On Saturday, September 10, I walked south on Broadway from near my place in the Village all the way down to St. Paul's Chapel on Broadway at Vesey Street. The first few blocks of my walk seemed rather normal, just another Saturday in the city, but south of Canal Street, a sizable police force on the street indicated that life was far from normal.
One way I felt like spending my 911 remembrance weekend was to attend the brief service the church has held every day at 12:30 pm to offer prayers for social justice and peace. In the aftermath of the attack on the World Trade Center, St. Paul's Chapel became an important makeshift emergency and community center for families and first responders. While it continues to offer religious services, the chapel also functions as a museum of sorts, with exhibits illustrating its remarkable history from colonial days to the present. But 911 is its most remembered story for those of us living, and the fact that the chapel survived at all gives the site a sense of the miraculous. But it's a down to earth sort of miracle, a testimony to how individuals in the aftermath of an unthinkable tragedy just instinctively rose up to help other people.
The chapel's fence is currently covered in white ribbons of remembrances. Volunteers were offering to anyone passing by to take a ribbon and write a few words of remembrance. After attending the peace service, I got my ribbon, wrote my mother's name on it, and tied it on the fence. My mother, living in Dallas, Texas on September 11, 2001, was 85 years old and in good health, but the events of that day so depressed her that she abruptly became ill and died five weeks later. I've heard anecdotal evidence that her situation was not uncommon.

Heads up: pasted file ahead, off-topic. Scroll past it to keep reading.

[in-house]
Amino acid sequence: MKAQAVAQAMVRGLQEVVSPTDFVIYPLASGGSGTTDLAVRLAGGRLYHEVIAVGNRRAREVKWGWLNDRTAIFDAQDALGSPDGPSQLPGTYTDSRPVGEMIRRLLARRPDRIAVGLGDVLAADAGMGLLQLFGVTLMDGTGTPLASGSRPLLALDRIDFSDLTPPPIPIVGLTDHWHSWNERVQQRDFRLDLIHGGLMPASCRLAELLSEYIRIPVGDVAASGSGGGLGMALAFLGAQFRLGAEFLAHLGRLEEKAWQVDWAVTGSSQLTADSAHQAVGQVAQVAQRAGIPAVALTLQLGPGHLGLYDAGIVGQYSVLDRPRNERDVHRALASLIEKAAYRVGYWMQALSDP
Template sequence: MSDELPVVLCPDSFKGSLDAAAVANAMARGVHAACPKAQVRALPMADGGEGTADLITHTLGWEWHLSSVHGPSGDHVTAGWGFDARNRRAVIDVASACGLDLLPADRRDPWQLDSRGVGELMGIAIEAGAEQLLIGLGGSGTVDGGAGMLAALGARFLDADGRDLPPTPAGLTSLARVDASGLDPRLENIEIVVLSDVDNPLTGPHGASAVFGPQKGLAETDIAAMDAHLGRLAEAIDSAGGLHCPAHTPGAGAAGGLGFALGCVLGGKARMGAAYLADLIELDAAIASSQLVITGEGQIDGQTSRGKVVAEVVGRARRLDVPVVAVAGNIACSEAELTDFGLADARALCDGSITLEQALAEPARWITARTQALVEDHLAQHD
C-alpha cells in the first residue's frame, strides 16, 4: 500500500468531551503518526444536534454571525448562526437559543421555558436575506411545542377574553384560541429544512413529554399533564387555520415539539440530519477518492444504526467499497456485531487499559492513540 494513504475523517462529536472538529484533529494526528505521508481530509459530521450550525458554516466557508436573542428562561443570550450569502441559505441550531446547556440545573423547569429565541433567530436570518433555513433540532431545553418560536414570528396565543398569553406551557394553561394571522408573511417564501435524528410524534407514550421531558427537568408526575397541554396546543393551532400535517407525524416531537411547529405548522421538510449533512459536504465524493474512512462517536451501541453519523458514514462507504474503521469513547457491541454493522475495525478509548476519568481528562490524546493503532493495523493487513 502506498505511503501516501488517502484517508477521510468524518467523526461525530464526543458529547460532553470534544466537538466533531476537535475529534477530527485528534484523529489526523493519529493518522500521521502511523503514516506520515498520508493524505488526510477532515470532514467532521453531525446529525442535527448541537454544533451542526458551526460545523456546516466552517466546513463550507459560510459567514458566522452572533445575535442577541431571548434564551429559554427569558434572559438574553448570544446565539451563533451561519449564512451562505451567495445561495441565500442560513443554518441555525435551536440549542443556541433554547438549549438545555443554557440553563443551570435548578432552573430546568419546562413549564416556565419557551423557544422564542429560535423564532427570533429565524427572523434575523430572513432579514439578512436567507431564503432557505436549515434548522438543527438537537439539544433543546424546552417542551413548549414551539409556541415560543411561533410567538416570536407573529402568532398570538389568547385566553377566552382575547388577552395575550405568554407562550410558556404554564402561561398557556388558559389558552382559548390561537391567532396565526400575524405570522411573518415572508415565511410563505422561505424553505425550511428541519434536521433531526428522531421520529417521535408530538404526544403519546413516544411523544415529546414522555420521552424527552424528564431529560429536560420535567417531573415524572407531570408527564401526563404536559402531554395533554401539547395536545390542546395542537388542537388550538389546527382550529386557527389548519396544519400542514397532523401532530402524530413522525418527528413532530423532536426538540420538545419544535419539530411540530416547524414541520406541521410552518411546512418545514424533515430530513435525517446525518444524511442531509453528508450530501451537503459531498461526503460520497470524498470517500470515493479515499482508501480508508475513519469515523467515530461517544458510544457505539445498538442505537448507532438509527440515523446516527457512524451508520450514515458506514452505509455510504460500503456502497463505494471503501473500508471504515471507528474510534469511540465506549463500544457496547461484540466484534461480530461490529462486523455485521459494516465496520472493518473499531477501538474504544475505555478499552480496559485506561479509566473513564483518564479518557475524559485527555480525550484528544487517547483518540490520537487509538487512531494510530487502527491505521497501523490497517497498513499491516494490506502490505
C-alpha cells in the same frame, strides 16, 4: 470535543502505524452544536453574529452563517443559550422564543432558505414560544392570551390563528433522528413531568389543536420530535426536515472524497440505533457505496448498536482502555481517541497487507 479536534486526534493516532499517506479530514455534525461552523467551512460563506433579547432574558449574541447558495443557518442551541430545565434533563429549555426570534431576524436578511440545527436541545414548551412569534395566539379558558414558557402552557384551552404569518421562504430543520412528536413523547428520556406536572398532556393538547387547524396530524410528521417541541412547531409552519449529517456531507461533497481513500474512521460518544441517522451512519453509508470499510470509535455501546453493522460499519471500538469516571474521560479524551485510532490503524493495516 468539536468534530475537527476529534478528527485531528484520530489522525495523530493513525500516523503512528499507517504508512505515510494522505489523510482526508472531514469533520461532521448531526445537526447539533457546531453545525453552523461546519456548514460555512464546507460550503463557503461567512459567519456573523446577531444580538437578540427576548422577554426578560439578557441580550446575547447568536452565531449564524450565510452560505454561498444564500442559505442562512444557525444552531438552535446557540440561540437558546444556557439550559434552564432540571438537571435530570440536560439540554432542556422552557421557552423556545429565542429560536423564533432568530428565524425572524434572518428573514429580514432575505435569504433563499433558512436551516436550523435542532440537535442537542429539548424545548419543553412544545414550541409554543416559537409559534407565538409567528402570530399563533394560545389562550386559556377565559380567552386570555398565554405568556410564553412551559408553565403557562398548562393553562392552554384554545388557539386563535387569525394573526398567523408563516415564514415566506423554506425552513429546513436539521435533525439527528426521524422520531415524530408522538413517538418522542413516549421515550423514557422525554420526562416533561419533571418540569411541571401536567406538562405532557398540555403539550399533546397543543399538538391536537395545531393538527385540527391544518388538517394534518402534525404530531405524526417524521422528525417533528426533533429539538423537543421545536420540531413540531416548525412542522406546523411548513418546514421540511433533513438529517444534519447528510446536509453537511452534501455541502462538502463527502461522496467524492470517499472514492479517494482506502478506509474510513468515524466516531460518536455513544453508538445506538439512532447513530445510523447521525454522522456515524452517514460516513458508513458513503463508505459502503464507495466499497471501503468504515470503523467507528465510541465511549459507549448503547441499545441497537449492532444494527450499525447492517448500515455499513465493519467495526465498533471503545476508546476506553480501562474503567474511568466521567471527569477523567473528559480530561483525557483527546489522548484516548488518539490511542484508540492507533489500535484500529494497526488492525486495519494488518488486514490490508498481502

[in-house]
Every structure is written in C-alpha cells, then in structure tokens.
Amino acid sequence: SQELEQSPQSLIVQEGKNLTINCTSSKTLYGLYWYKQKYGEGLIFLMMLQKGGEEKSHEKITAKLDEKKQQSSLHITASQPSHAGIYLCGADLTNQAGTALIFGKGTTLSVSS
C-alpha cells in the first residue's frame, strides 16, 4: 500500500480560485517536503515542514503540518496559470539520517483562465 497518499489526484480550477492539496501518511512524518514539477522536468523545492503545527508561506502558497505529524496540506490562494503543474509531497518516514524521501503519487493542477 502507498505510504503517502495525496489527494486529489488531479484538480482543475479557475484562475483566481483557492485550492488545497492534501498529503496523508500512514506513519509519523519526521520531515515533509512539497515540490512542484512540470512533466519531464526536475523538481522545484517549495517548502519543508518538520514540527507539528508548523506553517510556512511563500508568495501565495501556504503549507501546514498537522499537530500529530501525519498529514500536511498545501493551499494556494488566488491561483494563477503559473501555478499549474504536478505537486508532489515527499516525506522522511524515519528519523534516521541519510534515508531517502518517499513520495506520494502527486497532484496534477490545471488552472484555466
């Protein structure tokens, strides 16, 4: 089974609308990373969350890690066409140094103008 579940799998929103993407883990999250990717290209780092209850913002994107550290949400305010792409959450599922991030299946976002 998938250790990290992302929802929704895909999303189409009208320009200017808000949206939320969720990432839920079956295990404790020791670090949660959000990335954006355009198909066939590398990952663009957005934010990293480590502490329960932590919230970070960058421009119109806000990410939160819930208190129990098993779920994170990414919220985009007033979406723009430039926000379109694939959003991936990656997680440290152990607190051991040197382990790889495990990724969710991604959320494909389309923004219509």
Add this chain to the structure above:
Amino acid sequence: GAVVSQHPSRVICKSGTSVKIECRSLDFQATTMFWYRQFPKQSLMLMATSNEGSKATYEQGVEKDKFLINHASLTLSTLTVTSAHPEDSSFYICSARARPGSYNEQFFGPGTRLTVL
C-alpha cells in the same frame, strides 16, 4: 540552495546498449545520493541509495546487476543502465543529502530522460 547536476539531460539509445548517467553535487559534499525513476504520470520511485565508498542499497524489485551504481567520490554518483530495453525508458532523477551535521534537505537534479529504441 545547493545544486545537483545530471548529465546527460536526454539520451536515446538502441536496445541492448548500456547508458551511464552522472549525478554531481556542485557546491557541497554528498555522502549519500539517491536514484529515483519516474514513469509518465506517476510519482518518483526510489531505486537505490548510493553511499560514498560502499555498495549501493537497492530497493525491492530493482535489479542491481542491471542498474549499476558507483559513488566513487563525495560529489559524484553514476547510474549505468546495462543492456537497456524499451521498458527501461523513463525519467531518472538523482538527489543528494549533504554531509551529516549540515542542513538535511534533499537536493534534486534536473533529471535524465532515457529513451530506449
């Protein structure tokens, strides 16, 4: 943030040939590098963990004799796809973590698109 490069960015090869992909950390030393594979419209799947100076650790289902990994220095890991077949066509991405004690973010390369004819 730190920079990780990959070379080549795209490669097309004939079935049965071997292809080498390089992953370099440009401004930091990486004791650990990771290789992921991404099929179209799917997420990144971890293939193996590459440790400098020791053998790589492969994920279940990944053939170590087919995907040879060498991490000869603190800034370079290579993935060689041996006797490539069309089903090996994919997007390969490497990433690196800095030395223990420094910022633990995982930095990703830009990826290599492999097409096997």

As St. Paul's churchyard is directly across the street from the World Trade Center site, I wandered over to observe the heightened security and event preparations for Sunday. A rather surreal scene presented itself, as a large outdoor screen was broadcasting a walkthrough by Mayor Bloomberg and city officials of the dedication of the National September 11 Memorial & Museum scheduled for Sunday morning.
Looking at these pictures, you can't get hear the helicopters. All day and now into the night, you can hear the whirl of helicopters.
On my return walk home north along West Broadway, I stopped in Bogardus Plaza, a relatively new pedestrian plaza on Hudson Street near Reade Street in Tribeca. I stopped to sit down for a little bit, enjoying a moment of peace. A brief rain had just ended, and the view of the city north looked calm and clear.
Coda: On Saturday evening, I happened to look south from my terrace and saw that the Tribute in Light was being tested. It is scheduled to be illuminated on Sunday evening beginning at dusk and then remain on until the next morning. So, I walked back into the street near Houston and Wooster to look at the twin lights in the night sky.
Images by Walking Off the Big Apple from September 10, 2011.
View From Washington Square Park to the World Trade Center in a larger map